Students, staff pay tribute to two leaders in civil and human rights

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More than 800 students and staff from the Notre Dame community took part in a project to recreate a photograph of former University President Rev. Theodore Hesburgh, C.S.C., standing arm-in-arm with Martin Luther King Jr.

The iconic image is a visible reminder of Notre Dame’s longtime involvement in the dialogue on civil and human rights - from the turbulent civil rights movement of the 1950s and ’60s to today’s efforts to advance justice and human dignity around the world.

Students and staff created a mosaic tribute for Walk the Walk Week

In “The Picture of Purpose,” a story in the Winter 2007-2008 publication of Notre Dame Magazine, author Richard Conklin provides the colorful story behind the black-and-white photograph:

Father Theodore Hesburgh, CSC, answered the phone on the morning of July 21, 1964, a date that would become famous for the murder of three young civil rights workers in Mississippi. Martin Luther King’s crusade had moved north to Chicago, and a massive rally was scheduled in Soldier Field that day. The caller told Hesburgh that Mayor Richard Daley and Cardinal John Cody had turned down invitations. Would Hesburgh, a member of the U.S. Commission on Civil Rights, show the flag for church and state?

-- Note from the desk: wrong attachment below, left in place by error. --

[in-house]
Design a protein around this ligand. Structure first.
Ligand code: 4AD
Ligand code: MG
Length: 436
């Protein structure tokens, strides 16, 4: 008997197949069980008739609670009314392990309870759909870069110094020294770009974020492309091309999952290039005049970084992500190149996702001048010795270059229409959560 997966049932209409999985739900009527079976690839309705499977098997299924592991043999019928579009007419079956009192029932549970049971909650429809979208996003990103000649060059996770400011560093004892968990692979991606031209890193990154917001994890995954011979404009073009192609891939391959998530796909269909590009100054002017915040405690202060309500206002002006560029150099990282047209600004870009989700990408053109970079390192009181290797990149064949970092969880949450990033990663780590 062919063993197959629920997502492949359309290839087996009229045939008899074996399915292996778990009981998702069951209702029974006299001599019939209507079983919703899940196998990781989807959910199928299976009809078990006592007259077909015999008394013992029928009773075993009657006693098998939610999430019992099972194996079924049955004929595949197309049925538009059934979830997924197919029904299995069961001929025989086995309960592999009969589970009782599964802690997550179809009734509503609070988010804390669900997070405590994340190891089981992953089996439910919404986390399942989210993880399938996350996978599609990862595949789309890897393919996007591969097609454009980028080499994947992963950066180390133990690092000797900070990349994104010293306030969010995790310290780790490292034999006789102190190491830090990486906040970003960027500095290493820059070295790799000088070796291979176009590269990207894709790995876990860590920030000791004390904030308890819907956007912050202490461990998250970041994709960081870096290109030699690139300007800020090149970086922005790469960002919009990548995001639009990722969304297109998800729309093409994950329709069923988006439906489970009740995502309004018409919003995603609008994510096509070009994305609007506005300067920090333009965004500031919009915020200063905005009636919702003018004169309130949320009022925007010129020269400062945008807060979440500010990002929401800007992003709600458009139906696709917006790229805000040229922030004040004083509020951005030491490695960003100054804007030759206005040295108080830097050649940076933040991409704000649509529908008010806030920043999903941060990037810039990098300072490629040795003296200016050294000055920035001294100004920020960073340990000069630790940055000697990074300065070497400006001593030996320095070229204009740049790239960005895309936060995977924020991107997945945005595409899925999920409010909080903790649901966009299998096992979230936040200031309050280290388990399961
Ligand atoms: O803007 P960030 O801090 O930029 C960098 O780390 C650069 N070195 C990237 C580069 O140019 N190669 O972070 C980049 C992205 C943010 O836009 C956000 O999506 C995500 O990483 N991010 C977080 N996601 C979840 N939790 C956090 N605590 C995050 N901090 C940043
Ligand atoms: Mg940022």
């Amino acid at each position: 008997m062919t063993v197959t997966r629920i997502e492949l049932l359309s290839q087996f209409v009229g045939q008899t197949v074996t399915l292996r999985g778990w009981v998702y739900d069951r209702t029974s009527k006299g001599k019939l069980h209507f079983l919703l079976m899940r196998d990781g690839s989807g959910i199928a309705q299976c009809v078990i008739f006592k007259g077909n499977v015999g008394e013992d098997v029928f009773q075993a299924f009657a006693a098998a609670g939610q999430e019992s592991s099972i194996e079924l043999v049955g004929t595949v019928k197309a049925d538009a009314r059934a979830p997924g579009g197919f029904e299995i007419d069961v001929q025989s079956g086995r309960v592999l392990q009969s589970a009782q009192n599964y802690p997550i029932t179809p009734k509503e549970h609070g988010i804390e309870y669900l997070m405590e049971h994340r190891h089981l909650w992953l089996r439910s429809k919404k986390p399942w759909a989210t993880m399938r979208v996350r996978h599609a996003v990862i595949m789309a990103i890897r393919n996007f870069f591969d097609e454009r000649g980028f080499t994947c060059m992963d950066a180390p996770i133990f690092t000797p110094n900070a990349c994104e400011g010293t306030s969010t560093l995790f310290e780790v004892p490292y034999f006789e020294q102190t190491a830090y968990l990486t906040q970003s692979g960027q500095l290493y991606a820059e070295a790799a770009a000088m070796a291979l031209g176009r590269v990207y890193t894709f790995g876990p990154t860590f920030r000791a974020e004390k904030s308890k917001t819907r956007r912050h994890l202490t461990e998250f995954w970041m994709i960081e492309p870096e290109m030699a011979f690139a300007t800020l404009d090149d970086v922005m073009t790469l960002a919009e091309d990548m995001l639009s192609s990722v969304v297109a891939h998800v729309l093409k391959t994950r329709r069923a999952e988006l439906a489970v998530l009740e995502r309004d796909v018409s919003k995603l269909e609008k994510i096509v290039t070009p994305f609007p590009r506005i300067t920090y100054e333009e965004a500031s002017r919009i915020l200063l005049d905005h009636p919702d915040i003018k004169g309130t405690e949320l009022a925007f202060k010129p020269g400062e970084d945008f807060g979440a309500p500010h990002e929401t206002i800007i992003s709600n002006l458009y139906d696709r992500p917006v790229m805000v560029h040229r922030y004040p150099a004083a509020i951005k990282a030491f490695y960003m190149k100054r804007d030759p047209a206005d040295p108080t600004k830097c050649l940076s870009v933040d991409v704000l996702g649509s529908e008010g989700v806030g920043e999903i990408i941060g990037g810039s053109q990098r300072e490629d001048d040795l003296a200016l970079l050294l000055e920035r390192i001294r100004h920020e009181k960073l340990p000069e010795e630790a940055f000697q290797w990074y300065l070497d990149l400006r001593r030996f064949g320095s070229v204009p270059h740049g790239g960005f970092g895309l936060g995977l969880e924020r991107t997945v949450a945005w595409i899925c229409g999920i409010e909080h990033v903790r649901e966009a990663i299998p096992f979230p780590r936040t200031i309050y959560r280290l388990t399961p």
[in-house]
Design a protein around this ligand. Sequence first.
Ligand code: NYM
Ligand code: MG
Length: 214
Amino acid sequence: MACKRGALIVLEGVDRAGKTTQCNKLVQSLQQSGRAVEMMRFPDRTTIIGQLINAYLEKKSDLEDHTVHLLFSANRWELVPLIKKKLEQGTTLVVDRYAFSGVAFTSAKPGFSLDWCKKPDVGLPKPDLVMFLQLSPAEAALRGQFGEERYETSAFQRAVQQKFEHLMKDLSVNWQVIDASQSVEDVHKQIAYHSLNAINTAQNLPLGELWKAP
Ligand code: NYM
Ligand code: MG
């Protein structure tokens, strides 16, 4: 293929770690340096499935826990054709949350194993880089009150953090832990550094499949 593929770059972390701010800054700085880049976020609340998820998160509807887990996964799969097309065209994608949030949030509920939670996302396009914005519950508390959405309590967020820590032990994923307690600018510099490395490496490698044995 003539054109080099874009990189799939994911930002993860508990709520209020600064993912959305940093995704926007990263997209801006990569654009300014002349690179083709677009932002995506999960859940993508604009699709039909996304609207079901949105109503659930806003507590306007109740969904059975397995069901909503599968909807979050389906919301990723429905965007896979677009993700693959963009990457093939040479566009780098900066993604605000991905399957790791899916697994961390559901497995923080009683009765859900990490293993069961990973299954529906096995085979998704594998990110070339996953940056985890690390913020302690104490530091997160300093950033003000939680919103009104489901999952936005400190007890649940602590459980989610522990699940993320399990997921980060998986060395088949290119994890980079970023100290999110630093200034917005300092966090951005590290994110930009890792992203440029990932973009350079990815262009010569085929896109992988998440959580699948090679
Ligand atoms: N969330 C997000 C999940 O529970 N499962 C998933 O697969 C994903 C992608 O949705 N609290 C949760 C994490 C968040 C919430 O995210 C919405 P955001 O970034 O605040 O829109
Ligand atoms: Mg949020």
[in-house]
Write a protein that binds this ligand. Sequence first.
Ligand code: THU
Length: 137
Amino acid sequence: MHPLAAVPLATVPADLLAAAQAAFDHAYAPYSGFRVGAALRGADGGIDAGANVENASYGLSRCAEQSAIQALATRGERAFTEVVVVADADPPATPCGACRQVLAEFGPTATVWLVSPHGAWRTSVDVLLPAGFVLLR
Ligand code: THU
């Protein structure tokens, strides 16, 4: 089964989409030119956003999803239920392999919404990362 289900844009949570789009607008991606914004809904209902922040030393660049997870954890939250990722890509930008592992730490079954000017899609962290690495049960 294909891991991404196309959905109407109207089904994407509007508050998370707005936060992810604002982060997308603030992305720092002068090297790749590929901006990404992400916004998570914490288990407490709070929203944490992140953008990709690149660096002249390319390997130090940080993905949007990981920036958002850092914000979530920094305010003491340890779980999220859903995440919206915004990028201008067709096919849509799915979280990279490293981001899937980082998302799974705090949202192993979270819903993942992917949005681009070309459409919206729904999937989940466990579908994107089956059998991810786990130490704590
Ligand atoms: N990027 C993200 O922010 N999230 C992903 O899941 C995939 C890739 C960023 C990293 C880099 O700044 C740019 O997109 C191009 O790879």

Hesburgh’s answer was to drive the 90 miles to Chicago. As he later told the story, he was mingling in the crowd when someone on King’s staff spotted him, and he was hoisted onto the platform. He gave an impromptu endorsement of the milestone Civil Rights Act, which banned segregation in the nation’s schools and public places, and was awaiting President Lyndon Johnson’s signature.

“Be proud to be a Negro,” he told a crowd estimated at 57,000. “We want to strive for dignity with you.” He linked arms with King to sing the movement’s anthem, “We Shall Overcome.” Read the full story.

And now, as the Notre Dame community participates in Walk the Walk Week and reflects on the values central to both King’s legacy and Notre Dame’s mission, a new generation of students, faculty and staff are being asked to answer a new call.

The question: “What’s your next step?” Tweet your response using #NDwalkthewalk.


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